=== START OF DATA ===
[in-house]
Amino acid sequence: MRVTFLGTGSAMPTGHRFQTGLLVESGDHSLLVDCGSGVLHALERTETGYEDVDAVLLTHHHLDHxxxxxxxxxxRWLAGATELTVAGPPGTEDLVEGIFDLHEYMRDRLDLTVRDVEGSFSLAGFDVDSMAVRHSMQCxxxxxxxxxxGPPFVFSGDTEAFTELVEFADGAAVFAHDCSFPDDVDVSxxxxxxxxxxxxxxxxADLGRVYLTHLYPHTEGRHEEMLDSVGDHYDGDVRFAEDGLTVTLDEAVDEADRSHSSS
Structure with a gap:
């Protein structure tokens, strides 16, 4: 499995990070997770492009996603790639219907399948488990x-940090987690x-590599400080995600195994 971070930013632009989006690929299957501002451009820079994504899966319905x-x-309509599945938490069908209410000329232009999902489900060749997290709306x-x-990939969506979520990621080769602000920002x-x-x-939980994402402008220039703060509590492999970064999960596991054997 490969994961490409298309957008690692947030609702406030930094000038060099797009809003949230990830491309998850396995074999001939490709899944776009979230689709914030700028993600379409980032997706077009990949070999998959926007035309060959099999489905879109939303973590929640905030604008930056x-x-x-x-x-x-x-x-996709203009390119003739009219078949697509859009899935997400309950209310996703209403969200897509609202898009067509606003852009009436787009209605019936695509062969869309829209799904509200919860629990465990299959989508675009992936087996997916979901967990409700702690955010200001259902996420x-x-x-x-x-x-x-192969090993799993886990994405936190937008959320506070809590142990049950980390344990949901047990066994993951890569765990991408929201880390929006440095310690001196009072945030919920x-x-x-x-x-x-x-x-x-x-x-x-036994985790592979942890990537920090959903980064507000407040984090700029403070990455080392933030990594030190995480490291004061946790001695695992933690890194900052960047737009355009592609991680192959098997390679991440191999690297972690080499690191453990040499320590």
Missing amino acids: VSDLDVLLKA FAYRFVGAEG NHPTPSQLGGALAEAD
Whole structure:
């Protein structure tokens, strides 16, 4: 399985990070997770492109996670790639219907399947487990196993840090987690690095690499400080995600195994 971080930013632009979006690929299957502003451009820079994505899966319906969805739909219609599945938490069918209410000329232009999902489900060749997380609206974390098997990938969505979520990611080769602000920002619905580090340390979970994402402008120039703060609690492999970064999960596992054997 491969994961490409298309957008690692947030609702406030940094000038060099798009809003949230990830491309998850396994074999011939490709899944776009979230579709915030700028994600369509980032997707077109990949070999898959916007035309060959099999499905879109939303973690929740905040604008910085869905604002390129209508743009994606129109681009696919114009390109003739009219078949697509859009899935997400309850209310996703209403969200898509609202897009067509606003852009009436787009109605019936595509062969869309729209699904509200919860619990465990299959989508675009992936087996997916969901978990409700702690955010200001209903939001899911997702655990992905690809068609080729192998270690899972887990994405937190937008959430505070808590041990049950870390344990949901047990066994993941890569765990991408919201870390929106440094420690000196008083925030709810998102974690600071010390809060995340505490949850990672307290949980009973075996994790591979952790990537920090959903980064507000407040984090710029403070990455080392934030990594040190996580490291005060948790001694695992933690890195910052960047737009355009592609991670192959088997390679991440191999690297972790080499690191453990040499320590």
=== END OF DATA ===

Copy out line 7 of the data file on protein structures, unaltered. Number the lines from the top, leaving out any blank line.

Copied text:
């Protein structure tokens, strides 16, 4: 399985990070997770492109996670790639219907399947487990196993840090987690690095690499400080995600195994 971080930013632009979006690929299957502003451009820079994505899966319906969805739909219609599945938490069918209410000329232009999902489900060749997380609206974390098997990938969505979520990611080769602000920002619905580090340390979970994402402008120039703060609690492999970064999960596992054997 491969994961490409298309957008690692947030609702406030940094000038060099798009809003949230990830491309998850396994074999011939490709899944776009979230579709915030700028994600369509980032997707077109990949070999898959916007035309060959099999499905879109939303973690929740905040604008910085869905604002390129209508743009994606129109681009696919114009390109003739009219078949697509859009899935997400309850209310996703209403969200898509609202897009067509606003852009009436787009109605019936595509062969869309729209699904509200919860619990465990299959989508675009992936087996997916969901978990409700702690955010200001209903939001899911997702655990992905690809068609080729192998270690899972887990994405937190937008959430505070808590041990049950870390344990949901047990066994993941890569765990991408919201870390929106440094420690000196008083925030709810998102974690600071010390809060995340505490949850990672307290949980009973075996994790591979952790990537920090959903980064507000407040984090710029403070990455080392934030990594040190996580490291005060948790001694695992933690890195910052960047737009355009592609991670192959088997390679991440191999690297972790080499690191453990040499320590």